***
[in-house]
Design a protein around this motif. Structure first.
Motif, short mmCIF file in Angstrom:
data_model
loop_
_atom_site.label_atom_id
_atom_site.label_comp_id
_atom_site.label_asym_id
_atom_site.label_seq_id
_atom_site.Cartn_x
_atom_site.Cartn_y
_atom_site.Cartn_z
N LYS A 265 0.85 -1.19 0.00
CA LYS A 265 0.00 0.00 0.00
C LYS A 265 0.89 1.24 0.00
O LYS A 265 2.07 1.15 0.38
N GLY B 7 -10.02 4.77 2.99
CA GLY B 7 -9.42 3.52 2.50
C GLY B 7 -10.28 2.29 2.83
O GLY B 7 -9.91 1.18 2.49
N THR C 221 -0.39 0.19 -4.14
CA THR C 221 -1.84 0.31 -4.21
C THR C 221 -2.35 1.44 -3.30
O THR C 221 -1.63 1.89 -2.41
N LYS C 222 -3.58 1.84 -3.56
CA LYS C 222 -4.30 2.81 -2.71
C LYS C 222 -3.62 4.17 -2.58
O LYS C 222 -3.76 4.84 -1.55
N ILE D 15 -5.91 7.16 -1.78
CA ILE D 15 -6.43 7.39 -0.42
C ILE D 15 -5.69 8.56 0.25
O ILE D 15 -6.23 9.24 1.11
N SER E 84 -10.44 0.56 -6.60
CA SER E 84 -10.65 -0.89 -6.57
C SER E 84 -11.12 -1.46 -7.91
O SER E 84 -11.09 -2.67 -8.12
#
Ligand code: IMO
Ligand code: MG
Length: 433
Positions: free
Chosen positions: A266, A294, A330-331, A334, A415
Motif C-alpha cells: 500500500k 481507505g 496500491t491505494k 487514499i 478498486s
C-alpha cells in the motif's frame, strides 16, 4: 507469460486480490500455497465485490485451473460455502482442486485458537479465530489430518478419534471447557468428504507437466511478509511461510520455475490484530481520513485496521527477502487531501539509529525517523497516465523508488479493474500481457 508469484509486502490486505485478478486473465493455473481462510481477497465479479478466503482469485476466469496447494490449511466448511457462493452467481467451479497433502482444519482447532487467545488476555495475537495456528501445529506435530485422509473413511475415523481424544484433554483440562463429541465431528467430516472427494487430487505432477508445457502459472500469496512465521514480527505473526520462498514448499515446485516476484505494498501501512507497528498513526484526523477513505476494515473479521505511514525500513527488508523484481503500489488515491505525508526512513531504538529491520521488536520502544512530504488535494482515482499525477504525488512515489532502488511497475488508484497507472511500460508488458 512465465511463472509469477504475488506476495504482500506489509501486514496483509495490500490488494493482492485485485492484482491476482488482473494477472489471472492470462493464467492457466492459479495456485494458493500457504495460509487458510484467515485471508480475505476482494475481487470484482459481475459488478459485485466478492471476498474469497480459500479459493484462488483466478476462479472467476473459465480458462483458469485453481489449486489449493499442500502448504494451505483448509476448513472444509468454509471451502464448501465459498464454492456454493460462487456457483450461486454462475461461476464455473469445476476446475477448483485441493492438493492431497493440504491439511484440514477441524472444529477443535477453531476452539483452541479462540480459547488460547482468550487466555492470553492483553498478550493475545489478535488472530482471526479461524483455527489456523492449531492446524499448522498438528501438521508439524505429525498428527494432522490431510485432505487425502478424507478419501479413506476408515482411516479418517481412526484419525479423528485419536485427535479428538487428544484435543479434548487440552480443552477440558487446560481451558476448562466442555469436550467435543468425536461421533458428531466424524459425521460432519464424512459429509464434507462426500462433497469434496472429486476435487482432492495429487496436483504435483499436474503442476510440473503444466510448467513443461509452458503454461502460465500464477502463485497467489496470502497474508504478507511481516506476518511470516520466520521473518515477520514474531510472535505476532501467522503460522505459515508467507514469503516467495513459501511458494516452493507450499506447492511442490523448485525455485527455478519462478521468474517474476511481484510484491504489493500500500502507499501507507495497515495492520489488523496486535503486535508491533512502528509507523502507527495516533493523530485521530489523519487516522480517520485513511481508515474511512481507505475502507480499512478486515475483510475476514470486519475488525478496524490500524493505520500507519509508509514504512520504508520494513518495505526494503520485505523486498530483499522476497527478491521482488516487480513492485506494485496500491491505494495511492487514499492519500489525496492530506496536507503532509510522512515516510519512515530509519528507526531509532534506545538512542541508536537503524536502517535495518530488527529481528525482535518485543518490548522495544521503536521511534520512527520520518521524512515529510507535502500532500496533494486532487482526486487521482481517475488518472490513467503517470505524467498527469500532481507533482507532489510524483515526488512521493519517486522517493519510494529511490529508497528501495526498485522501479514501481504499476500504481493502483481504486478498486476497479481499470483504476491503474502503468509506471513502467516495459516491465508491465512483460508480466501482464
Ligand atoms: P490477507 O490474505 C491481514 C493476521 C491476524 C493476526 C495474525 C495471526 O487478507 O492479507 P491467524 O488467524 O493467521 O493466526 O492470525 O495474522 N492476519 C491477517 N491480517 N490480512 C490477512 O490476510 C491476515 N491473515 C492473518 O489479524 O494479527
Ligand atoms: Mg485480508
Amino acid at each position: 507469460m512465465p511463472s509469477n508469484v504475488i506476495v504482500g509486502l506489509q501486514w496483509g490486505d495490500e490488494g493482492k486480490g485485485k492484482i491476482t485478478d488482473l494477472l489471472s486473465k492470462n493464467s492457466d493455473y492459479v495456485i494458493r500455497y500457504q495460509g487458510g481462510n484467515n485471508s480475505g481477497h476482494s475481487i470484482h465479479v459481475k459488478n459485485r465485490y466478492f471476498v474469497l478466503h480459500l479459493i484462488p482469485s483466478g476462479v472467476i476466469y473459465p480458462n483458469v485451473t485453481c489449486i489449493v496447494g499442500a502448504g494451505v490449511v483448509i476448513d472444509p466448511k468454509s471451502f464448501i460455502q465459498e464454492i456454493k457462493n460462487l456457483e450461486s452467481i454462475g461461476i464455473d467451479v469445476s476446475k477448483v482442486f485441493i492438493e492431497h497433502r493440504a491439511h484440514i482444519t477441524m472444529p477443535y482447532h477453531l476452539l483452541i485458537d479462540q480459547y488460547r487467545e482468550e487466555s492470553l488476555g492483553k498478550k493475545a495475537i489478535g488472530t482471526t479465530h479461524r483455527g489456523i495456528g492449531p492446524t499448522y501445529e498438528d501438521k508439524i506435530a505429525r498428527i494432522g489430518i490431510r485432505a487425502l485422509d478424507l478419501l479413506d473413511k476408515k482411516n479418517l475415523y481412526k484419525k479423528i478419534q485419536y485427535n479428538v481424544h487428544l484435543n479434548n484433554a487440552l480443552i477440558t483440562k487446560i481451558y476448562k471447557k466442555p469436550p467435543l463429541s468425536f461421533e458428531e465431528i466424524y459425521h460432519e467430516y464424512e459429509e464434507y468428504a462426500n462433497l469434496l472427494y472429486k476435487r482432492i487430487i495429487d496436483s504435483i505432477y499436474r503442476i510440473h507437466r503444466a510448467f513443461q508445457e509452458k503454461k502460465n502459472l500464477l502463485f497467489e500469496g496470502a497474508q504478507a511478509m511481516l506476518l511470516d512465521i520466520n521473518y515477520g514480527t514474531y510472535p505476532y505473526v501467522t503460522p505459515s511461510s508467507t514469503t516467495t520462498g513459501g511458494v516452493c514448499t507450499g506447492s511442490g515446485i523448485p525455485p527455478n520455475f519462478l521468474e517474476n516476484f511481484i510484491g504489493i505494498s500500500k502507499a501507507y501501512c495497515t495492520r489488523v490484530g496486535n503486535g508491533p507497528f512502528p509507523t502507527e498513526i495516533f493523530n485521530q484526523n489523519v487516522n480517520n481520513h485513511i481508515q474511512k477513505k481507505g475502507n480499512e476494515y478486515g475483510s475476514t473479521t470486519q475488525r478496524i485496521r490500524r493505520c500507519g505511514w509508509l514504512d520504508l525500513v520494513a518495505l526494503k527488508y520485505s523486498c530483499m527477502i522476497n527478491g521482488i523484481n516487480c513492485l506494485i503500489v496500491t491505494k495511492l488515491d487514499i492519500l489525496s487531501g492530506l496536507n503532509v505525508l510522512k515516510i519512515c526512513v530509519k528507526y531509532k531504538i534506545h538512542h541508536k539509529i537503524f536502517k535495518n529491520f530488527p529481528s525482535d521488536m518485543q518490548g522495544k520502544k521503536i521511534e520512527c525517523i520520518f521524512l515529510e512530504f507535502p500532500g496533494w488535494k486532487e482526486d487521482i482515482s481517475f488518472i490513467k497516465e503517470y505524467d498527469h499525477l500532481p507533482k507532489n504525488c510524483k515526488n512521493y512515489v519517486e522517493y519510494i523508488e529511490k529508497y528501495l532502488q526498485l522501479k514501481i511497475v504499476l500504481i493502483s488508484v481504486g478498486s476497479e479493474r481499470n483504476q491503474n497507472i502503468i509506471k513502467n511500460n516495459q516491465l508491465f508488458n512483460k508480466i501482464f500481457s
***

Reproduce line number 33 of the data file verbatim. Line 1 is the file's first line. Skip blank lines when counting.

N SER E 84 -10.44 0.56 -6.60